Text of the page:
The rise of video game livestreaming in China

3 min read
A pro-player from Vici Gaming on Honor of Kings (Image credit: TechNode/Shi Jiayi)

When we think about livestreaming in the West, we mainly think of it as a recent trend introduced by companies such as Justin.tv and Twitch. However, countries in the East have been experimenting with livestreaming since early 2006, with companies such as YY in China being early movers. Today, the livestreaming industry in China continues to be significantly larger than the US in terms of users, demographics, and innovation, especially when it comes to product design and monetization methods.

The Chinese livestreaming industry experienced a period of boom and bust in 2016–2017. During this time, over 200 mobile apps with livestreaming features emerged. However, after government restrictions and a washout on a large number of platforms, the industry consolidated significantly. Today, only a few leaders in each vertical remain.

Source: iResearch

Out of all verticals, I am most optimistic about the gaming category because of the growth of e-sports. Compared to entertainment streaming, video game streaming is much more mass market, with limited revenue concentration among top customers. Additionally, its audience is more engaged and demonstrates a higher stickiness to the content itself.

Why video game streaming?

Simply put, China has the largest gaming population in the world with over 630 million participants. Even with the recent regulations on new gaming licenses in 2018, China remains the largest gaming market globally, bringing in revenues of ~$30 billion annually, according to Newzoo.  The industry is expected to grow at a 10% CAGR over the next five years. E-sports are a global phenomenon and an even stronger secular trend in China. In 2016, China’s National Development and Reform Commission even encouraged the development of e-sports tournaments on the premise of protecting intellectual property. With both the increase in gamer numbers and demand for quality content, the rise of e-sports in China has led to a boom in game streaming services.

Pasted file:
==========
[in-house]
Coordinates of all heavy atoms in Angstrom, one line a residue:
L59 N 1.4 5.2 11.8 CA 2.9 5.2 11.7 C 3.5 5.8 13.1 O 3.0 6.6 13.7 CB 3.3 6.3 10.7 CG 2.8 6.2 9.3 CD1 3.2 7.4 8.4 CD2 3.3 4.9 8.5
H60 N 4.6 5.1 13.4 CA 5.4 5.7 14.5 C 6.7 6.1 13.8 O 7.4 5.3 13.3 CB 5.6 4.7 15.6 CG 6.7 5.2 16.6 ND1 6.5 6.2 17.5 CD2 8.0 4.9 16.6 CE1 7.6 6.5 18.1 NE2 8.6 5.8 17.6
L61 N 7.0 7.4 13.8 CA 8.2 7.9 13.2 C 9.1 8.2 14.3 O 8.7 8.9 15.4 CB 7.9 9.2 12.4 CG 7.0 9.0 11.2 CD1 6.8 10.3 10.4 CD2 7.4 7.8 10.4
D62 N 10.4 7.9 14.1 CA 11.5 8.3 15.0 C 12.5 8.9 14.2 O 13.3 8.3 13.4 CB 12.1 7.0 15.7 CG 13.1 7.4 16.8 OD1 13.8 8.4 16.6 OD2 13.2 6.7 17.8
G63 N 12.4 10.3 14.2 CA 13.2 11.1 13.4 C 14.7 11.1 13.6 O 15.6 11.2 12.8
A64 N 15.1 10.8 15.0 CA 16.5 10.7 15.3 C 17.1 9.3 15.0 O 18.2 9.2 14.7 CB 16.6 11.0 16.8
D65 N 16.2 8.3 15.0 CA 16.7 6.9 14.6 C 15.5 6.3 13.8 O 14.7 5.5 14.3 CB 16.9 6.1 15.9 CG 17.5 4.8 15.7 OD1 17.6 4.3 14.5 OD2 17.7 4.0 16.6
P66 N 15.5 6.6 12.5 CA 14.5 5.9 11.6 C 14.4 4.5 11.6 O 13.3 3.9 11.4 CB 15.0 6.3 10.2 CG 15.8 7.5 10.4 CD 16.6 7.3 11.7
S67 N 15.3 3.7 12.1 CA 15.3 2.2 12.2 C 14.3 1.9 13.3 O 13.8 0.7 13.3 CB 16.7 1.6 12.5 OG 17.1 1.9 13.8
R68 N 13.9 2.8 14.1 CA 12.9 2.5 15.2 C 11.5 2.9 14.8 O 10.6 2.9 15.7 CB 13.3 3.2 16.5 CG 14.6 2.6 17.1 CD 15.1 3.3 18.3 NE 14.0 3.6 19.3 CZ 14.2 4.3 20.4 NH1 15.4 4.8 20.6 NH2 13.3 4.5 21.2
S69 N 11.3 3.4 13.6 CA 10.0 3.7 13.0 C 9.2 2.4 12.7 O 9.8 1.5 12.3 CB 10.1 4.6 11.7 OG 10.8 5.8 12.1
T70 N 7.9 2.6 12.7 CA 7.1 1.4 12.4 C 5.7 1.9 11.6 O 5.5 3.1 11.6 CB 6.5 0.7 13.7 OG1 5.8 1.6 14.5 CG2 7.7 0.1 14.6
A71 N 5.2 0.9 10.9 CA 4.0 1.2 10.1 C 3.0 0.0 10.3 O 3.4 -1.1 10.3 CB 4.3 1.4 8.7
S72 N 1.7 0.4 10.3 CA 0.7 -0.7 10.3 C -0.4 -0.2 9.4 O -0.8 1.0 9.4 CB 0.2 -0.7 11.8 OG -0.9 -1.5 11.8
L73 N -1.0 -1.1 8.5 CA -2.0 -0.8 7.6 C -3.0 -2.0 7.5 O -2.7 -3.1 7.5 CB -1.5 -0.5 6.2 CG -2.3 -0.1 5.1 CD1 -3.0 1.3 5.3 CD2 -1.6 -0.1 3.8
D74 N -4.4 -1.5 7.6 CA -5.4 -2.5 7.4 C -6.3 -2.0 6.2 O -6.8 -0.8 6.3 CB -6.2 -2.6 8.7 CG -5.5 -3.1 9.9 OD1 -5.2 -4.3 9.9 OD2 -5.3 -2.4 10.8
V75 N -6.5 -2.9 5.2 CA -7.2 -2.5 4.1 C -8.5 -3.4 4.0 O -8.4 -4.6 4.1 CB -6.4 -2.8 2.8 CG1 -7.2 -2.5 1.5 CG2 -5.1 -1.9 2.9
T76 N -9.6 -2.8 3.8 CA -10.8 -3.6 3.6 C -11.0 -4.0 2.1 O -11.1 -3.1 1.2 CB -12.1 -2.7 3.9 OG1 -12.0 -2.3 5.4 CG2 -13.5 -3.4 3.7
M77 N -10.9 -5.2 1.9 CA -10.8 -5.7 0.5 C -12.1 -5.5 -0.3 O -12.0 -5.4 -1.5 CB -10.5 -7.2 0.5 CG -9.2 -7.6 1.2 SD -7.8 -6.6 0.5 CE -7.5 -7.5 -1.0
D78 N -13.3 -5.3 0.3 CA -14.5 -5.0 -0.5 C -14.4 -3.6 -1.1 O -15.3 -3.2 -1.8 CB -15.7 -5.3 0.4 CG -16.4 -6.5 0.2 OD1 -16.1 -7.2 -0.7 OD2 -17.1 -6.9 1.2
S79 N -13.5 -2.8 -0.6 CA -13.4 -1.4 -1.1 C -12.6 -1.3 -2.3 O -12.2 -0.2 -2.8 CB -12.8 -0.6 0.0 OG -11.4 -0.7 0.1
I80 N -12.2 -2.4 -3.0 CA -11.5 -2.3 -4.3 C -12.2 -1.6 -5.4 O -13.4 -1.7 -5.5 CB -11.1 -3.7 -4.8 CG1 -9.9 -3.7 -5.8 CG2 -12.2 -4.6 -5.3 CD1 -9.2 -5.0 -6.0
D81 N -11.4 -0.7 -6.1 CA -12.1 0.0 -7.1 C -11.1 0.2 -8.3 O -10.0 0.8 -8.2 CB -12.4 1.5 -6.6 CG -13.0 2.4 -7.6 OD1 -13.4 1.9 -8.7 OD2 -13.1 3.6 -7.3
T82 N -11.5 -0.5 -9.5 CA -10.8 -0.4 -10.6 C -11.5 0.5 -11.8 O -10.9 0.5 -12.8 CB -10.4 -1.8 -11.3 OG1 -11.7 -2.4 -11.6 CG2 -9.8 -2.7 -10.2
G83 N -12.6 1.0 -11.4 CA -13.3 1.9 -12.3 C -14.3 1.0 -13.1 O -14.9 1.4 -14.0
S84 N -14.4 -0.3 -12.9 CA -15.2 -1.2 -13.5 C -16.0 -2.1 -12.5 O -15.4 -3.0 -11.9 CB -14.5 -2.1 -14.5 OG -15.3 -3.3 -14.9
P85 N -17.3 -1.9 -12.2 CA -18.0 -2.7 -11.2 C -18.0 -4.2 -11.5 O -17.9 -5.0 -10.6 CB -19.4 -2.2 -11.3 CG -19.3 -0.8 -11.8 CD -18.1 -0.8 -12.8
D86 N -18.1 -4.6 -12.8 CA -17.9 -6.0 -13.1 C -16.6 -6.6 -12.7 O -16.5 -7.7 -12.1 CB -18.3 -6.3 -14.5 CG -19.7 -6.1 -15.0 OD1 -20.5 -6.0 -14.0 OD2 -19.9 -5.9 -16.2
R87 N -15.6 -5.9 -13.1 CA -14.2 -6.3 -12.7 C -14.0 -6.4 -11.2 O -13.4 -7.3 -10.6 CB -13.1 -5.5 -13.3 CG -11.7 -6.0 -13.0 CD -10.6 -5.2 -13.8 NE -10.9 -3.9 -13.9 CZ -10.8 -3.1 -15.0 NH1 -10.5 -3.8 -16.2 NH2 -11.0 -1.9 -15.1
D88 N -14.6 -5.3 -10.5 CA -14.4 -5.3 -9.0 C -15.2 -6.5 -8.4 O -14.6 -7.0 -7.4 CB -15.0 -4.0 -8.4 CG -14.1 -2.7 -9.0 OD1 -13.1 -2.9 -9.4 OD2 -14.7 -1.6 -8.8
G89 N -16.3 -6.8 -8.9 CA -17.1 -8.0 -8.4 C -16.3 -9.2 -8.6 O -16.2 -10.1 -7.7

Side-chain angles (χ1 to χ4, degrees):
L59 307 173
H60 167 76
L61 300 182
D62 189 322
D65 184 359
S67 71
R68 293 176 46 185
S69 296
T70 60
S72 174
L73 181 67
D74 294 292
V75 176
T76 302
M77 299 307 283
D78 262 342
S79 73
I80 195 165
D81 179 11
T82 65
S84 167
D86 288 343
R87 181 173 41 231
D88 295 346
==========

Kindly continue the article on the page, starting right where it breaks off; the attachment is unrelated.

A few reasons to expect steady growth:

  1. Growing TAM and sticky user base: It is estimated that in China there will be over 450 million e-sport gamers by 2021 compared with 350 million last year. As opposed to entertainment livestreaming, those who watch game livestreams are more engaged—nearly one-third of users watch on a daily or monthly basis. Additionally, game streaming platforms enjoy a higher average revenue per paying user (ARPPU) than non-game streaming platforms (non-gaming ARPPU peaked in 2018). This is likely because gaming is more relatable and participants enjoy watching others to improve their own skills.
  2. Rapid market consolidation: It is apparent that the biggest barrier to entry and threat to new and existing streaming platforms is the ability to preserve talent. Huya and Douyu have over 60% market share because of their brand presence and large capital base, allowing them to recruit the best streamers and organize the largest e-sports events. There is some brand equity associated with these platforms. Similar to a two-sided marketplace, users and broadcasters often gravitate towards platforms with the most content and the best well-known streamers.
  3. game streaming platforms = Monetizable opportunity in the e-sports value chain: The e-sports industry is still in the early innings of its growth cycle. Excluding games sold, streaming revenue makes up more than three-quarters of the e-sports industry earnings. In the future, revenue opportunities will arise through media rights, ticketing, and merchandising. Livestreaming platform investors can partake in the current growth opportunities and take advantage of the optionality of future media rights from e-sports events.

Major players—past, present, and future

Similar to China’s broader livestreaming industry, the game livestreaming market experienced a period of boom and bust in 2016–2017, as smaller platforms lost both broadcasters and users. The largest casualty came in March 2019 when Panda.TV, backed by the son of Dalian Wanda Chairman Wang Jianlin, shut down after running out of cash.

Today, the two leading pureplay game streaming platforms are Huya and Douyu. Both companies went public in the past year. As the largest gaming company in China, Tencent has a stake in the livestreaming market, owning over 30% of both Huya and Douyu. Despite the stiff competition, there are still some second-tier platforms in this space, namely Longzhu and Huomao. Some of these smaller players are likely to either be acquired or eventually run out of cash as more users migrate to the largest platforms.

Looking ahead, some short-form video platforms are attempting to break into the livestreaming space with a particular focus on gaming. One possible threat is Kuaishou, which boasts over 300 million MAUs. Earlier in 2019, Kuaishou launched an independent streaming app called Diaomiao.

In my next piece, I will take a deeper dive on Huya and Douyu to break down what to look for when investing in a public company this space.  Also, I will explore a bit more on the emerging competitors that could disrupt the two leading platforms.